Since the establishment of the Kruger National Park in 1898, and the eventual instalment of rail into the Park in the 1920s, the Park and rail travel have had a deeply entwined history. For several years, South Africa’s foremost game reserve was largely only accessible by rail. Guests would arrive by train, enjoy the Park by day, and retreat to their carriages at night to sleep before moving on to their next destination.
It’s fitting that the new luxurious Kruger Shalati – Train on a Bridge Hotel, an initiative by Thebe Tourism Group, pays homage to this history. Set to officially open in December 2019, the Train on a Bridge incorporates the iconic and still original Selati railway bridge where visitors would disembark at Skukuza Camp nearly 100 years ago. The reinterpretation of luxury train travel sees the original train carriages reinvented as fixed hotel rooms suspended over the Sabie river, offering guests awe-inspiring views.
An integral aspect of creating this one-in-a-lifetime travel experience that will leave guests breathless, is the interiors. They needed to be luxurious, incorporate the rail history, and reflect the very best in South African design, while being sensitive to the setting.
“Because it’s a stationary train, we’re playing with space,” explains Judiet Barnes, Concession General Manager of Kruger Shalati. “To optimise impact, a key element of the design involves maximising the feeling of being in the natural surroundings. Floor-to-ceiling glass panels in the rooms invite nature in and allow guests to take in the glorious location and wildlife. Internal walkways have been removed and blisters (train-speak for “pop-outs” in the train carriage body) have been added to create extra width to create a feeling of luxury and comfort. This unique design has expanded the carriages to allow for comfort, and for nature outside to dominate the interior spaces. It was vital that the interiors, while showcasing African excellence in design, complement the experience while not detracting from the view.”
Johannesburg interior design studio, Hesse Kleinloog, was awarded the contract. The firm specialises in a variety of thoughtful spaces – ranging from hospitality to commercial to residential spaces. Head designers Andrea Kleinloog and Megan Hesse combine several years of experience in understanding the visual language of design and how people relate to their surroundings and move in spaces.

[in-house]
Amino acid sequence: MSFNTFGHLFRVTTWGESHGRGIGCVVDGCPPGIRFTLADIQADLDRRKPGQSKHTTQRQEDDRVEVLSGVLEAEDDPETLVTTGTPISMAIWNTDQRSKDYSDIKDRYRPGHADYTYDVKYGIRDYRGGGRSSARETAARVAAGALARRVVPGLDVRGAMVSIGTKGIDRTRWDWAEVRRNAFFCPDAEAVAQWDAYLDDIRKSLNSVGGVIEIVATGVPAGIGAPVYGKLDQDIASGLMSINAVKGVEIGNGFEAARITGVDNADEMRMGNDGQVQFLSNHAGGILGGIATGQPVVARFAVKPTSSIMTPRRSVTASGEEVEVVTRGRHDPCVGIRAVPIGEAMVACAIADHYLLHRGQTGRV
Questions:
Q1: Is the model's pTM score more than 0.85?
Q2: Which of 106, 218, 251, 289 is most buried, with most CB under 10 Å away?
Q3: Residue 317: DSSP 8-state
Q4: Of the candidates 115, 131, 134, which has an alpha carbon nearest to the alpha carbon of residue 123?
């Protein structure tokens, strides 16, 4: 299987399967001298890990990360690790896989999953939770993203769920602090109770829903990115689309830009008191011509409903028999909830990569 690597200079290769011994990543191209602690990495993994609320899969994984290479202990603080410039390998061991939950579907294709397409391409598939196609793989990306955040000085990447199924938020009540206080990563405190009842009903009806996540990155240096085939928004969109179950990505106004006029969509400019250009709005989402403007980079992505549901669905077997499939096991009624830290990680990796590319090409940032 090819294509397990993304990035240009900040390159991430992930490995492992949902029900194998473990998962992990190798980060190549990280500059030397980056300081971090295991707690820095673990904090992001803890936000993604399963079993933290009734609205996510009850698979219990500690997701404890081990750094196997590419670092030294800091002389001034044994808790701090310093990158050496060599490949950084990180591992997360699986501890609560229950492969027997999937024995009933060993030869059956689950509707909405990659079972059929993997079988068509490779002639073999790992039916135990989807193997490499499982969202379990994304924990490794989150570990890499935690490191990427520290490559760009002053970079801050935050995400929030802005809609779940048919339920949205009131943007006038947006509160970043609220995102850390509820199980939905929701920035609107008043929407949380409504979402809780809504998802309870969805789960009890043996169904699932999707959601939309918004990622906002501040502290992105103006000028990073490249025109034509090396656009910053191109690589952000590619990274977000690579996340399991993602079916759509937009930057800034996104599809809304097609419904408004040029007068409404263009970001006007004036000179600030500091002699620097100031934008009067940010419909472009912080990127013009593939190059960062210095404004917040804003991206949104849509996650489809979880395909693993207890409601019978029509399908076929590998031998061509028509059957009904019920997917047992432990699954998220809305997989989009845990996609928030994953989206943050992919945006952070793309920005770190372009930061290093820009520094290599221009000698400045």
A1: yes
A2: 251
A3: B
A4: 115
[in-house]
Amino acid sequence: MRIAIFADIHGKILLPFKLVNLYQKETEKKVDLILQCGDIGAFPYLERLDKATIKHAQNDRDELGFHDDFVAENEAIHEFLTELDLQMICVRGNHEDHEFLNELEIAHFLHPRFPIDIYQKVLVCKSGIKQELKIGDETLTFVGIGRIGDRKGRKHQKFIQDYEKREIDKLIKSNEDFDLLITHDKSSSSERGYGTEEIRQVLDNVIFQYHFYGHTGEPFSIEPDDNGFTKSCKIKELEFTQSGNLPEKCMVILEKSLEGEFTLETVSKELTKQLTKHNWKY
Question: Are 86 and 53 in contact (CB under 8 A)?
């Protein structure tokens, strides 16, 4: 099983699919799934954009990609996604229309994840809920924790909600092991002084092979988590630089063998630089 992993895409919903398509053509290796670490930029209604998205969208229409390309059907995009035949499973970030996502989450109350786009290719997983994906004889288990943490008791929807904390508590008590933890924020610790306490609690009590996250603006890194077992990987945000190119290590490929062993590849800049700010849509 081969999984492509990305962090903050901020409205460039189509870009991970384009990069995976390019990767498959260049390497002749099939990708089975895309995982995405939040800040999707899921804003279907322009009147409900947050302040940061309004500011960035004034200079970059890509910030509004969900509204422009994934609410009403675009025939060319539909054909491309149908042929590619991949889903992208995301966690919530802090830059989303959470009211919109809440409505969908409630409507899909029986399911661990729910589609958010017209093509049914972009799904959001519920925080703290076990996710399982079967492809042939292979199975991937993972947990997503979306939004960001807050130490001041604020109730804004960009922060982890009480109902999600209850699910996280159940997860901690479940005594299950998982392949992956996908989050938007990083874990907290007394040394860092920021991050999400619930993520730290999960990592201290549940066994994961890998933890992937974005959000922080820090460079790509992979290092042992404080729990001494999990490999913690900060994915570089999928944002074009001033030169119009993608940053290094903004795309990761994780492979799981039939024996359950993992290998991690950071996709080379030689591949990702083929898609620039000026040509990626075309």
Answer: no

“From our perspective it was imperative that the interior design was respectful to the tradition and heritage, but didn’t succumb to being too obtusely “themed”, or falling into the trap of being old-fashioned,” explains Andrea Kleinloog. “It was important that the interior design and detailing reflected a distinct and proudly Afrocentric experience, without deferring to stereotypes.”
As with many design projects, creatives often draw inspiration from multiple sources. For the Hesse Kleinloog team, the overarching design interpretation was predominantly inspired by the landscape and the region’s heritage, layered with elements of modern, contemporary South African art and design.
“In the Skukuza setting, what struck us immediately was the exquisite familiarity of the tones of the bridge, set in it’s ever changing, natural surroundings – the patina of deep maroons, ferrous oranges, flashes of charcoal. Nestling the original heritage train carriages, in the negative space between the girders also started creating a dynamic pattern, that carries through many of the design elements in the spaces . This context created an opportunity to parallel the sculptural architecture of the bridge, to the bold contemporary South African design language, layered with mounds of natural tones and textures.”
Hesse Kleinloog were also inspired by Joburg Ballet’s #BreakingBallet series which launched in 2018. The series won world-wide acclaim for taking this well-loved traditional art form, reinventing it, and making it relevant for contemporary South African audiences. “Like the #BreakingBallet project, it was important to interpret a new contemporary language, housed within antique train carriages.”
The interior design platform provided an opportunity to highlight local craftsmen and expertise. “It was important for us for South Africans to be proud of the spaces – and for us to showcase the incredible talent in the country. We are developing a traditional seanamarena (a traditional Basotho wedding blanket) with a young designer named Bonolo Chepape, in collaboration with Something Good Studios – supporting the design chain from design through to manufacture. The design has been created specifically for Shalati and will be a unique interpretation of the traditional visual and motifs.”
Immersing guests in the comfort of authentically African boutique hotel experience, the train itself will offer 24 en-suite rooms able to sleep 48 guests, with another seven rooms in adjacent Kruger Shalati Bridge House accommodating 14 beds on land next to the bridge. All rooms will offer guests a high-star rating luxury experience and will be accompanied by fine dining and other leisure experiences on site.
Kruger Shalati Train on a Bridge Hotel is set to open in December 2019. For more information visithttps://www.krugershalati.com/
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